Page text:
SWAT Teams Meet in San Diego; Is Occupy on the Menu? You Betcha!

by on November 28, 2011 · 20 comments

in Civil Rights, Military, Popular, San Diego

While Occupy movements around California are struggling to maintain a presence in the face of ever-increasing pressures from local governments, law enforcement “tactical officers” from around the State are ensconced at San Diego’s Manchester Hyatt this week for their annual State-wide confab and trade show. There are well over a hundred departments within California featuring SWAT Teams—which is the common name for tactical police groups—, with San Diego County along offering up eleven such outfits. There are so many such outfits—not including University and other specialized police departments—that the California Association of Tactical Officers (CATO-not to be confused with the conservative/libertarian think tank of the same name) breaks the State into seven regions for administrative purposes.

The San Diego Police Department’s own Lt. Ken Hubbs is currently serving as president of the group. Membership in CATO is open to current and honorably retired sworn police personnel, active or reserve duty US military, and support services personnel for law enforcement agencies.  Their statement of Goals, as listed on their website is as follows:

To Increase the Professionalism and Proficiency of Special Weapons Teams and Members across the State. To provide a forum for the exchange of current and relevant issues and information; maintain a secure online Web site; provide and/or sponsor superior training and conference programs; maintain a liaison with tactical teams across the nation; stimulate the research and development of innovative techniques, methods of operation and equipment; provide training assistance and support; and become the largest non-profit organization in the state dedicated exclusively to personnel in all levels of tactical operations.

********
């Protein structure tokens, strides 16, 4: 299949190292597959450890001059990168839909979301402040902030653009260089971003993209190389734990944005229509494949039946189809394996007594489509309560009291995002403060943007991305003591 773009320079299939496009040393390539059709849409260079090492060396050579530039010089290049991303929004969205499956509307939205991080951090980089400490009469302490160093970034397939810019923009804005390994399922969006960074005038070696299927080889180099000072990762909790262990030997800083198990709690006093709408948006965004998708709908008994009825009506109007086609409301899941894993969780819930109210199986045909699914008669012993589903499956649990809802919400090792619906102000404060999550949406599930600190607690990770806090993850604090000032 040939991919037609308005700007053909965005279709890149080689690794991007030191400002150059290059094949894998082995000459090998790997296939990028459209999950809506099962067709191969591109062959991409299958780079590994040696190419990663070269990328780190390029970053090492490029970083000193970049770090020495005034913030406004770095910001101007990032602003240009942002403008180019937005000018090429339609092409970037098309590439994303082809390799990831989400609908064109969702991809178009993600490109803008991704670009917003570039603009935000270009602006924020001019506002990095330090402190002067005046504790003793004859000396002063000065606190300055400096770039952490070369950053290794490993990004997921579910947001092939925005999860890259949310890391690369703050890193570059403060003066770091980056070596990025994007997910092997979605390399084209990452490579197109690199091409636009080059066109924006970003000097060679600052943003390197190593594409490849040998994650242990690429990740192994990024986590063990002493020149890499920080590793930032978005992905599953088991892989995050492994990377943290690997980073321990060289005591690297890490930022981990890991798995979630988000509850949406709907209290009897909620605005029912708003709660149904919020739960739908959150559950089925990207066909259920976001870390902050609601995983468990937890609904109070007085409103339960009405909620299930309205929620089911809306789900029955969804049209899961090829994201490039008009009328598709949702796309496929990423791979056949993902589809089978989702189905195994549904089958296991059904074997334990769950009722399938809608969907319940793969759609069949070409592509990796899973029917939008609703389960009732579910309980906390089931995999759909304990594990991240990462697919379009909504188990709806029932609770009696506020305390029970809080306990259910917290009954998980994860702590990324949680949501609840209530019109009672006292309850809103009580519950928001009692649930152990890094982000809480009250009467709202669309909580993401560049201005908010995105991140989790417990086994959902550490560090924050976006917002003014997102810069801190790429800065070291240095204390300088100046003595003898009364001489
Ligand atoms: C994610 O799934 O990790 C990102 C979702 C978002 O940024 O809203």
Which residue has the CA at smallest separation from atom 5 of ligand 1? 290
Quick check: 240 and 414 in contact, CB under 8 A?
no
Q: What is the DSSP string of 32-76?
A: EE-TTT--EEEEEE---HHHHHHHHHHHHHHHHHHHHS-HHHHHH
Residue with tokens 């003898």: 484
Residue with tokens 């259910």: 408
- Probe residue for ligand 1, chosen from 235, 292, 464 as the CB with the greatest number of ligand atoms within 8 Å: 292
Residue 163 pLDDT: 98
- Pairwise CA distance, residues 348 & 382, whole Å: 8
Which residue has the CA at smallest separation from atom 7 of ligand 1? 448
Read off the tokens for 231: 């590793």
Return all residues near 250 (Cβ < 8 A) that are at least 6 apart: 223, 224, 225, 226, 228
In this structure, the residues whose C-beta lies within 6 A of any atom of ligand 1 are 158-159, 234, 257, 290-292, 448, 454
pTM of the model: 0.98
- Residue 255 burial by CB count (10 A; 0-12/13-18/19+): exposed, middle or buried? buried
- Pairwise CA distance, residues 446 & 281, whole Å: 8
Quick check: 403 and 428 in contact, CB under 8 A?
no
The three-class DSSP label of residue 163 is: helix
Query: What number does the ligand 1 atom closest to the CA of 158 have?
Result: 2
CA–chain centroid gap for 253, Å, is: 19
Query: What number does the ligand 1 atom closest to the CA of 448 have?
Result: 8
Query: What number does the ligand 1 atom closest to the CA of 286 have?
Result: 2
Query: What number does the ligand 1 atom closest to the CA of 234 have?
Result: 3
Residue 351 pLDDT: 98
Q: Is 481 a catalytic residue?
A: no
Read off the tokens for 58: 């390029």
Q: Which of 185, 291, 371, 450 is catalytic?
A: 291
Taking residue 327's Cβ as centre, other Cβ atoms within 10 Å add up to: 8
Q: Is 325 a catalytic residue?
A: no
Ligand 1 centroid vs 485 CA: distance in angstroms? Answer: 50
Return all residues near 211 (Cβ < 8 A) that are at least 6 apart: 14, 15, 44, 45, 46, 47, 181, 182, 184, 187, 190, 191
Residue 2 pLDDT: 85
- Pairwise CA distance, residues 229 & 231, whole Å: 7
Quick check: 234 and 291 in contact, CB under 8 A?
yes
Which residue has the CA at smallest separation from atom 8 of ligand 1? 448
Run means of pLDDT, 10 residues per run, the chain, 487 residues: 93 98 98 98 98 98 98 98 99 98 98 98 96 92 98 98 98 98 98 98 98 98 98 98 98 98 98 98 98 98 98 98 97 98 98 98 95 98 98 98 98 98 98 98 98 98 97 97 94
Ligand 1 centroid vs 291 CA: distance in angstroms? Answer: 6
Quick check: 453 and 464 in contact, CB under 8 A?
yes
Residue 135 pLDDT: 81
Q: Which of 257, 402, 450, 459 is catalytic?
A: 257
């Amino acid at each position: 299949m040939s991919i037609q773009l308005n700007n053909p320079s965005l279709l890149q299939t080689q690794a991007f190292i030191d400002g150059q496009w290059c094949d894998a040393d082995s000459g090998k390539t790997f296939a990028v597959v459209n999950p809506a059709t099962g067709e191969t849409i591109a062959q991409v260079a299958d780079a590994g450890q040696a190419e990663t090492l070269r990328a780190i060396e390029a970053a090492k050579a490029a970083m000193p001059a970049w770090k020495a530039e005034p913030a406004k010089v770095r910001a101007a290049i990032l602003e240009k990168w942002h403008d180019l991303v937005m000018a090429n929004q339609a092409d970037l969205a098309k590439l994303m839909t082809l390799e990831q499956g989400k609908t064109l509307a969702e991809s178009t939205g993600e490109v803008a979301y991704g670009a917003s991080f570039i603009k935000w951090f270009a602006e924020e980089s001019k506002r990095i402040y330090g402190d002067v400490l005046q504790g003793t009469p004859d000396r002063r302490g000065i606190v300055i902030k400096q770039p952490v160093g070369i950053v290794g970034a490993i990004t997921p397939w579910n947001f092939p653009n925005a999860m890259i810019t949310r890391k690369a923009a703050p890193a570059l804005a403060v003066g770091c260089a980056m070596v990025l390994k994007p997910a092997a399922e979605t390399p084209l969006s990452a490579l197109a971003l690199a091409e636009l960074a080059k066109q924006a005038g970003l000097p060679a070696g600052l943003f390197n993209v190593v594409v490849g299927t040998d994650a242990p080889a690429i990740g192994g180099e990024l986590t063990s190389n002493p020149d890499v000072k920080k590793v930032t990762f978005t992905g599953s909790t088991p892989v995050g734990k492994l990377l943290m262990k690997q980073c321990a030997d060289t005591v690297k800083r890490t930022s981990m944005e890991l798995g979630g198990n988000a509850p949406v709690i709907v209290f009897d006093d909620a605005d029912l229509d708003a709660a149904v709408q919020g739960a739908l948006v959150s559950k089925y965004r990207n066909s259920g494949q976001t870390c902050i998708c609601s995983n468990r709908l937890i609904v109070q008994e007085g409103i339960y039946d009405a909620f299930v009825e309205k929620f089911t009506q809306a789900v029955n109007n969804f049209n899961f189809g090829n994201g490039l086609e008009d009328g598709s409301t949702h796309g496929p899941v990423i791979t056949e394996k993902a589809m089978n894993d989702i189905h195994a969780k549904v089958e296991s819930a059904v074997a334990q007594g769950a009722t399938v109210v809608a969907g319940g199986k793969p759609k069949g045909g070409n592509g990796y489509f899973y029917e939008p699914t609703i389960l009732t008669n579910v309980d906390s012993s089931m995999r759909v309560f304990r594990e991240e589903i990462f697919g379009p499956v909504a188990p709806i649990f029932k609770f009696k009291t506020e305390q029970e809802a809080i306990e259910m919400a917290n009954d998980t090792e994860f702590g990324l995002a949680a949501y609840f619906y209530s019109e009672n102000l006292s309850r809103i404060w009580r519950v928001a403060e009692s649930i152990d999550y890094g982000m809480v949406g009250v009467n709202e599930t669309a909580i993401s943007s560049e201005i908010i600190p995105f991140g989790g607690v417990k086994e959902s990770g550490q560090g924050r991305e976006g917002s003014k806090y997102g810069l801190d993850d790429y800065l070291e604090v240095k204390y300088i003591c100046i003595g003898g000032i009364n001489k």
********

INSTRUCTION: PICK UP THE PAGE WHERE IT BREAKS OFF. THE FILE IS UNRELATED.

The use of paramilitary police units began in Los Angeles in the 1960s and spread nationwide through the1970s. Until the 1980s, SWAT teams and other paramilitary units were used mostly in volatile, high-risk situations such as bank robberies or hostage situations.  America’s War on Drugs spurred a significant rise in the use of SWAT teams, to the point where, in some jurisdictions, drug warrants are exclusively served by SWAT teams or similar paramilitary units.

The rise of the Occupy movement over the past few months has given police departments around the country new uses for the tactics and equipment typically reserved for SWAT raids, including tear gas, pepper spray and surveillance equipment.  One Florida department went so far as to deploy what some have been calling a “tank” to a park in downtown Tampa.  The “Amphibious Rescue Vehicle” which is designed for transporting personnel in extreme conditions.  It is bullet resistant and “virtually unstoppable,” can drive through five feet of water, handle winds up to 130 miles per hour, carry 13 passengers, and reach 60 miles per hour.  The unit, dubbed Rescue 2 is billed to be used for “search and rescue during a natural disaster or a terrorist attack.” It is also equipped with “a raised platform that has a rotatable 360 degree platform” for mounting weapons as needed.